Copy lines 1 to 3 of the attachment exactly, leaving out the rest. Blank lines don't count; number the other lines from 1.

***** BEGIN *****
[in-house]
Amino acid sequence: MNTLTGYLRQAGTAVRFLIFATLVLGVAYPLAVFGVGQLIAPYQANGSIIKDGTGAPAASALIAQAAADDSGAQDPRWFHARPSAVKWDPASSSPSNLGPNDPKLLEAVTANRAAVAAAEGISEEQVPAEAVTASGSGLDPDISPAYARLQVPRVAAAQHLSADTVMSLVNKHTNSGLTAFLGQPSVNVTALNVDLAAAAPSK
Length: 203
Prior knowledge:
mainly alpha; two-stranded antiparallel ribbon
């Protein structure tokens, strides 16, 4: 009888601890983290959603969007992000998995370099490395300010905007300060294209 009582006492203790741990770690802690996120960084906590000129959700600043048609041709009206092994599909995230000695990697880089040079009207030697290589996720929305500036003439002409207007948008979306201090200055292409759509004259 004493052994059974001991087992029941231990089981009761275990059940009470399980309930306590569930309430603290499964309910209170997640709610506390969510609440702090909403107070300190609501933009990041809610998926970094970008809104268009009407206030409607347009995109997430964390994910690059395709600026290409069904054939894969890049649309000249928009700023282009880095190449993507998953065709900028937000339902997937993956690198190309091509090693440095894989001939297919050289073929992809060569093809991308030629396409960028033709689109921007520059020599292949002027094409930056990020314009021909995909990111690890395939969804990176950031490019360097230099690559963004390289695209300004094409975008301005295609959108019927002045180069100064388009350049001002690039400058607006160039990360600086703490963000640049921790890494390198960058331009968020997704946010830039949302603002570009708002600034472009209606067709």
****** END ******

[in-house]
Amino acid sequence: MNTLTGYLRQAGTAVRFLIFATLVLGVAYPLAVFGVGQLIAPYQANGSIIKDGTGAPAASALIAQAAADDSGAQDPRWFHARPSAVKWDPASSSPSNLGPNDPKLLEAVTANRAAVAAAEGISEEQVPAEAVTASGSGLDPDISPAYARLQVPRVAAAQHLSADTVMSLVNKHTNSGLTAFLGQPSVNVTALNVDLAAAAPSK
Length: 203